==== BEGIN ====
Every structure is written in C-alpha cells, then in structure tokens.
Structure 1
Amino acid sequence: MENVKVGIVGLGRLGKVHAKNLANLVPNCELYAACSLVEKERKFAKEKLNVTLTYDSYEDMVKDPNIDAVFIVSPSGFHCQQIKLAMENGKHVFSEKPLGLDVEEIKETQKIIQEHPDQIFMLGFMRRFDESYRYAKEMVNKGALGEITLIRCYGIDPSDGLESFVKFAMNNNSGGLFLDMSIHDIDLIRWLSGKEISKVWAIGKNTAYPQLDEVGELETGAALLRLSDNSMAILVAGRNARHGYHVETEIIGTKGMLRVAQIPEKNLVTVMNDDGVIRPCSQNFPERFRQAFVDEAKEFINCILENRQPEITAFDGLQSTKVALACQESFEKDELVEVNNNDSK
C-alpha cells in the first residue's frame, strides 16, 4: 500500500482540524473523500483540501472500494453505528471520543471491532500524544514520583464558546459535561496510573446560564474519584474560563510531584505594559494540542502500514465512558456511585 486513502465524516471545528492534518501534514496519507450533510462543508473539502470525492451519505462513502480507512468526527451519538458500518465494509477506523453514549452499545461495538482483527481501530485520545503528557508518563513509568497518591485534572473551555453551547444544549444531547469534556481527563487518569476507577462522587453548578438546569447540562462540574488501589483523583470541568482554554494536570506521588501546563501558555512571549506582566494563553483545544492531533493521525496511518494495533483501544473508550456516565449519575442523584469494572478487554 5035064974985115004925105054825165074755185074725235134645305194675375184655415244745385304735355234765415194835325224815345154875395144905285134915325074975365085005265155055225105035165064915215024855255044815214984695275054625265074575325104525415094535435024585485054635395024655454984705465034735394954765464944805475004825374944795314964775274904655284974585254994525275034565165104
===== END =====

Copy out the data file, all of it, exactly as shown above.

Every structure is written in C-alpha cells, then in structure tokens.
Structure 1
Amino acid sequence: MENVKVGIVGLGRLGKVHAKNLANLVPNCELYAACSLVEKERKFAKEKLNVTLTYDSYEDMVKDPNIDAVFIVSPSGFHCQQIKLAMENGKHVFSEKPLGLDVEEIKETQKIIQEHPDQIFMLGFMRRFDESYRYAKEMVNKGALGEITLIRCYGIDPSDGLESFVKFAMNNNSGGLFLDMSIHDIDLIRWLSGKEISKVWAIGKNTAYPQLDEVGELETGAALLRLSDNSMAILVAGRNARHGYHVETEIIGTKGMLRVAQIPEKNLVTVMNDDGVIRPCSQNFPERFRQAFVDEAKEFINCILENRQPEITAFDGLQSTKVALACQESFEKDELVEVNNNDSK
C-alpha cells in the first residue's frame, strides 16, 4: 500500500482540524473523500483540501472500494453505528471520543471491532500524544514520583464558546459535561496510573446560564474519584474560563510531584505594559494540542502500514465512558456511585 486513502465524516471545528492534518501534514496519507450533510462543508473539502470525492451519505462513502480507512468526527451519538458500518465494509477506523453514549452499545461495538482483527481501530485520545503528557508518563513509568497518591485534572473551555453551547444544549444531547469534556481527563487518569476507577462522587453548578438546569447540562462540574488501589483523583470541568482554554494536570506521588501546563501558555512571549506582566494563553483545544492531533493521525496511518494495533483501544473508550456516565449519575442523584469494572478487554 5035064974985115004925105054825165074755185074725235134645305194675375184655415244745385304735355234765415194835325224815345154875395144905285134915325074975365085005265155055225105035165064915215024855255044815214984695275054625265074575325104525415094535435024585485054635395024655454984705465034735394954765464944805475004825374944795314964775274904655284974585254994525275034565165104